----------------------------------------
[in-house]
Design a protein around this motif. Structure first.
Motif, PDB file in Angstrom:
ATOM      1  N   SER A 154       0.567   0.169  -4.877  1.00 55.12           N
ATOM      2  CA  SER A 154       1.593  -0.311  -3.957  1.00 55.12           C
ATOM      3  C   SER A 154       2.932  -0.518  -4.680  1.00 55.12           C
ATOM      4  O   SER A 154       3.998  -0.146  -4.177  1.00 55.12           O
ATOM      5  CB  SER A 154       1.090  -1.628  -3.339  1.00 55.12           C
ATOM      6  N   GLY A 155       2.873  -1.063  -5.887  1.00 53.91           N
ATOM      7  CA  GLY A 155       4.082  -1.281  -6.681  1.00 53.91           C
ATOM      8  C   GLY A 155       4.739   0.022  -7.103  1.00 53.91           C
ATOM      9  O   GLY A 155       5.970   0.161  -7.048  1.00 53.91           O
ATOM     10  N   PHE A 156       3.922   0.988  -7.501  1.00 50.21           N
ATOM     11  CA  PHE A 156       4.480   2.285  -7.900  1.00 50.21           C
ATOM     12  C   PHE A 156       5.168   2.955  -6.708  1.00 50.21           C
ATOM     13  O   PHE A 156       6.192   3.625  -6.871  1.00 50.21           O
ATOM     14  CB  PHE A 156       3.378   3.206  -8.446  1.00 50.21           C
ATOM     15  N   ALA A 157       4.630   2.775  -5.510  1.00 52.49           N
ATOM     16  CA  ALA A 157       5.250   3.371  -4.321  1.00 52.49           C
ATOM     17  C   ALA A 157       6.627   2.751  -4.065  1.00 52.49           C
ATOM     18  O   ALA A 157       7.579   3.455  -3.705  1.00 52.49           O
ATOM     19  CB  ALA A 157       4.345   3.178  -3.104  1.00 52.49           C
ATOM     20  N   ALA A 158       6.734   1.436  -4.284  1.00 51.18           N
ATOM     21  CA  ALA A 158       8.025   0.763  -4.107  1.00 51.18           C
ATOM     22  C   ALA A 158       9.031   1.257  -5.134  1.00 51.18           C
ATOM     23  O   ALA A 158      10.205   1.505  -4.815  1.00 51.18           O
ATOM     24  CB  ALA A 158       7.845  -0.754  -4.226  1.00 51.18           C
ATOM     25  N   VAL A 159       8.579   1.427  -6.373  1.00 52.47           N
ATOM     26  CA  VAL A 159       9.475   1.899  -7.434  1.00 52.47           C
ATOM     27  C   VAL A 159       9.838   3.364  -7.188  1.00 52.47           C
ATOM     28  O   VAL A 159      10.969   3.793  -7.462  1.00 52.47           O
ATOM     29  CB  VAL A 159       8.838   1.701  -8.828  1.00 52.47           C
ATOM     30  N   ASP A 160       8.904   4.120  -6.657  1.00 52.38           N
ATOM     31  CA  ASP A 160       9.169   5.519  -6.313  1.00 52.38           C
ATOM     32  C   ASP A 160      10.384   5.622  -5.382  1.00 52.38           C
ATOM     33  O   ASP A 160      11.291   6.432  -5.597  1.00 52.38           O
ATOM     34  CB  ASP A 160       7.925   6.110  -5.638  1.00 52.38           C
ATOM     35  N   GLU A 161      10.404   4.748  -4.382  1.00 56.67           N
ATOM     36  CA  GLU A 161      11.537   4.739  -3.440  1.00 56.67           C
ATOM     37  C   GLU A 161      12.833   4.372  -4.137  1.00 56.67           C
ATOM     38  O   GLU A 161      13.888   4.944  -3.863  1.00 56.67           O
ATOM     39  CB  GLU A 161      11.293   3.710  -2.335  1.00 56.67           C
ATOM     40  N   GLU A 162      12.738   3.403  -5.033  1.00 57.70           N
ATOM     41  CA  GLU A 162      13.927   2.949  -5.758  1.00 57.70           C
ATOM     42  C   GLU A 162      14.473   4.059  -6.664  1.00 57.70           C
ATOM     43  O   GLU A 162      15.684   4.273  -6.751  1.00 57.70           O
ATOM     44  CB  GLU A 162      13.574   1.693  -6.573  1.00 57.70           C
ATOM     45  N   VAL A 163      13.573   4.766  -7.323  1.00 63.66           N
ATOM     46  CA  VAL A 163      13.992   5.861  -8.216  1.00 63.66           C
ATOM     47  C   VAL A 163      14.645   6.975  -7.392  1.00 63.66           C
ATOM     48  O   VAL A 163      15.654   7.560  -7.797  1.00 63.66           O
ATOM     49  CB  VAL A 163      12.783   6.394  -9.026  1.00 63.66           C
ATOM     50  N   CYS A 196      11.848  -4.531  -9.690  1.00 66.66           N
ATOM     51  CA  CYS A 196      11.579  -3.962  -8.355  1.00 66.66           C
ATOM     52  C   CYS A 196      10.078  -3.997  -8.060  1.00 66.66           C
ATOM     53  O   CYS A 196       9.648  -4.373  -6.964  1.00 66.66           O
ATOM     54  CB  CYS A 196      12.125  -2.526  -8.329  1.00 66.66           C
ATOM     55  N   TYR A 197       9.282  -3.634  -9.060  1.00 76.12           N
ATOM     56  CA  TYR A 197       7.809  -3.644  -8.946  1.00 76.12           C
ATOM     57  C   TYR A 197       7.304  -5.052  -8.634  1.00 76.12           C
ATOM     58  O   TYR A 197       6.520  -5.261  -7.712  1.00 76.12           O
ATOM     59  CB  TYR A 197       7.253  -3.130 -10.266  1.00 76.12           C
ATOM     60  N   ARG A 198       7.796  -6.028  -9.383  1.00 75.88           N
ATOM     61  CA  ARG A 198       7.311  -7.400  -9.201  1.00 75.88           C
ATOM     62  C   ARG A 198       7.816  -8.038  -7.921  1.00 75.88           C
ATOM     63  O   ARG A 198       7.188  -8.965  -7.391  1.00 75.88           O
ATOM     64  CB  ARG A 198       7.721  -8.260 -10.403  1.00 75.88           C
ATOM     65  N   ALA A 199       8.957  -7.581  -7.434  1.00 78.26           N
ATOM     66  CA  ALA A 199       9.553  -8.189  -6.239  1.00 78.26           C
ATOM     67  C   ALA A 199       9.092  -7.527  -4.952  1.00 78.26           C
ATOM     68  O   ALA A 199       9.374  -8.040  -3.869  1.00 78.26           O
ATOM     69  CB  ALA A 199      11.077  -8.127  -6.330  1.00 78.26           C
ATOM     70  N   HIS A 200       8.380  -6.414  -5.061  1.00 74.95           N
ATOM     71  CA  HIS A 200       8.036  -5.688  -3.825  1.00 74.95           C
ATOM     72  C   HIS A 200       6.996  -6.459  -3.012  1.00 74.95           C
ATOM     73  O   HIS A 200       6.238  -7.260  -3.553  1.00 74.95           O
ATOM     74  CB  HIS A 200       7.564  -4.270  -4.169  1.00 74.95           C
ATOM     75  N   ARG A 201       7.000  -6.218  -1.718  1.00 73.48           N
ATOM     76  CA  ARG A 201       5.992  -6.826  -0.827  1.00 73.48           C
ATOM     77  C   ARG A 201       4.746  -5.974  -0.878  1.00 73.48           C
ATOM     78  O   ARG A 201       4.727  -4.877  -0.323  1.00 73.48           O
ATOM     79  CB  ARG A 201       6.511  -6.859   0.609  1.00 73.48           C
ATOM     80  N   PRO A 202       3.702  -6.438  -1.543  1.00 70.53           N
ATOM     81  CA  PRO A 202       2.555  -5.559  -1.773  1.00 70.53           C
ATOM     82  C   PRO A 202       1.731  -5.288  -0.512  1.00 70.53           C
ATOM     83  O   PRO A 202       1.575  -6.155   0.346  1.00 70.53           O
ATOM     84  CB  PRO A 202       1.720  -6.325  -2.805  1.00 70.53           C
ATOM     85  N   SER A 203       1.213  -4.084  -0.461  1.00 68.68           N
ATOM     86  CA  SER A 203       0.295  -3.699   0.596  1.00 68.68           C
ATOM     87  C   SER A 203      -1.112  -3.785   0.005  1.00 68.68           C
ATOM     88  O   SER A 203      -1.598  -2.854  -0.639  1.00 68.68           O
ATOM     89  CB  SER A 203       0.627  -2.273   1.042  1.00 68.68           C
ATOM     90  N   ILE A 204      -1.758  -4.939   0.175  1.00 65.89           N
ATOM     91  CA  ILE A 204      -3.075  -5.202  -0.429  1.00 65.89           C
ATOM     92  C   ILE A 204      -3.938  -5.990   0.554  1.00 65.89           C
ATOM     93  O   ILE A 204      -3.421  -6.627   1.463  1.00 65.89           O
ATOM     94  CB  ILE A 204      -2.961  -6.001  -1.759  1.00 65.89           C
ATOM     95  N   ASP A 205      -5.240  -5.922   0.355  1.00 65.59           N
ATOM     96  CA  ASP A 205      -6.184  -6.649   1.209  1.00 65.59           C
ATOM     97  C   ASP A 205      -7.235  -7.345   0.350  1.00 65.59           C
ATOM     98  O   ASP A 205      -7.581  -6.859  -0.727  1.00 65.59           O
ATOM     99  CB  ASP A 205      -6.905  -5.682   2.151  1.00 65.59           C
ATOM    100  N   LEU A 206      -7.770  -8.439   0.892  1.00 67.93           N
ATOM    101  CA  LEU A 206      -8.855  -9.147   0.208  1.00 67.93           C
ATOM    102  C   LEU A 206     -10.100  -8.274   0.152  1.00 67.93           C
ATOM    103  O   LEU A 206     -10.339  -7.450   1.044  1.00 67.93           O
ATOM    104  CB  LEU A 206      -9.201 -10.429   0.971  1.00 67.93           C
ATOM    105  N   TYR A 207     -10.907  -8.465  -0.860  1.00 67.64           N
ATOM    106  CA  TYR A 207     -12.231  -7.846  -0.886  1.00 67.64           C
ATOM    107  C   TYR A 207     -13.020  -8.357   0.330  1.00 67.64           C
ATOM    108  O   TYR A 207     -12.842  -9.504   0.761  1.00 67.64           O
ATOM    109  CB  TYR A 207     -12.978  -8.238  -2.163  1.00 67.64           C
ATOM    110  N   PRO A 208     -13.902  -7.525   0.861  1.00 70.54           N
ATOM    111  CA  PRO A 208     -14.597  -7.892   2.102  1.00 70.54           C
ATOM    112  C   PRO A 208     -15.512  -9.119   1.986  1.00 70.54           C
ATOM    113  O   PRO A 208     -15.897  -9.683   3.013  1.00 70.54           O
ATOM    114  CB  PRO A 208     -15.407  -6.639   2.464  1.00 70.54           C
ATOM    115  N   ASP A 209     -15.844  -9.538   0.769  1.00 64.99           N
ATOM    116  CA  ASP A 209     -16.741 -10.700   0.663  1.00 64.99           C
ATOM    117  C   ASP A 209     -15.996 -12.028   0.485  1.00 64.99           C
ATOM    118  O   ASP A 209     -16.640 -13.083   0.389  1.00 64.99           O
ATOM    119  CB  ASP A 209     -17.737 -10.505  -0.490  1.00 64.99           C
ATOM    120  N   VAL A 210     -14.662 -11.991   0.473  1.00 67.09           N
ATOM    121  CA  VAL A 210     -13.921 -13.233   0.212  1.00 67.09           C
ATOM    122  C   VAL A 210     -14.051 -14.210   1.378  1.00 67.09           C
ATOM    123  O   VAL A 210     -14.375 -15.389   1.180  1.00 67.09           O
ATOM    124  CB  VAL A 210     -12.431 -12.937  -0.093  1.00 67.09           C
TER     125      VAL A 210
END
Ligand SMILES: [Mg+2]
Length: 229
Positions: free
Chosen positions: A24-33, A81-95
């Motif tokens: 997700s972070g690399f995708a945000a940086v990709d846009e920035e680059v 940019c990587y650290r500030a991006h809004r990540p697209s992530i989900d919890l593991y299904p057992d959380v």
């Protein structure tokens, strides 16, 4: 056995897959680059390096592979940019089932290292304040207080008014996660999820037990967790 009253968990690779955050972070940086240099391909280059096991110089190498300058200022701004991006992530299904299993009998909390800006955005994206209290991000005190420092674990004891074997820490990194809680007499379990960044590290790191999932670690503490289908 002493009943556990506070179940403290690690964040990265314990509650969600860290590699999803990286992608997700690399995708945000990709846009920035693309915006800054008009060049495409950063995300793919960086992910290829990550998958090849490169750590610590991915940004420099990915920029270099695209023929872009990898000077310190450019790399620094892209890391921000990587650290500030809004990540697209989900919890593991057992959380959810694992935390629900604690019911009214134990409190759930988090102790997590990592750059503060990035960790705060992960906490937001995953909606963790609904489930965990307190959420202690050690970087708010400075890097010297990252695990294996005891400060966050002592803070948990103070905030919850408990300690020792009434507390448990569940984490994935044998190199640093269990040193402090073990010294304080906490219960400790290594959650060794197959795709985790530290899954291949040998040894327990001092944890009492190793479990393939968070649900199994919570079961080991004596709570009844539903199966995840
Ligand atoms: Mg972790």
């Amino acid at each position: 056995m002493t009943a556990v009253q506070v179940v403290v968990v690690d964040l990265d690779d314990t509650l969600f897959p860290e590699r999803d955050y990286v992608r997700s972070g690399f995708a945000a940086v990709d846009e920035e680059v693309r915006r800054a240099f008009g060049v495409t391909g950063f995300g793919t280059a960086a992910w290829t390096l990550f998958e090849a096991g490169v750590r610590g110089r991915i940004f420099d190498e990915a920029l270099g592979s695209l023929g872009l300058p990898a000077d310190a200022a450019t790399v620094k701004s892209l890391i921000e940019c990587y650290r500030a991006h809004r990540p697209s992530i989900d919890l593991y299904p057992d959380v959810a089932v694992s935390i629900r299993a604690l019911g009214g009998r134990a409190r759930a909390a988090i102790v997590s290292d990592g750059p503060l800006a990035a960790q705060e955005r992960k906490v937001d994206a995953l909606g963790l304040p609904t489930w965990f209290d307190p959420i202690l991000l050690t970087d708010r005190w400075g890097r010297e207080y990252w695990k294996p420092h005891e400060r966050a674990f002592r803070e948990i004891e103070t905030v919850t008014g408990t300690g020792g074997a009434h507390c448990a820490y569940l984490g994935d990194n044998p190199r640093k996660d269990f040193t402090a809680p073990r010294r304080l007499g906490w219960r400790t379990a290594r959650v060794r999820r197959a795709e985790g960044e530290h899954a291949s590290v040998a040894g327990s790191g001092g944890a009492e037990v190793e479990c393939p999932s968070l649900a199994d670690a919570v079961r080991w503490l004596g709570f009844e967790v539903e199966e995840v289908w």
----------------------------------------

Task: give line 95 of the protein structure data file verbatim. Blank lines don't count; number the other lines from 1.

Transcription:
ATOM     92  C   ILE A 204      -3.938  -5.990   0.554  1.00 65.89           C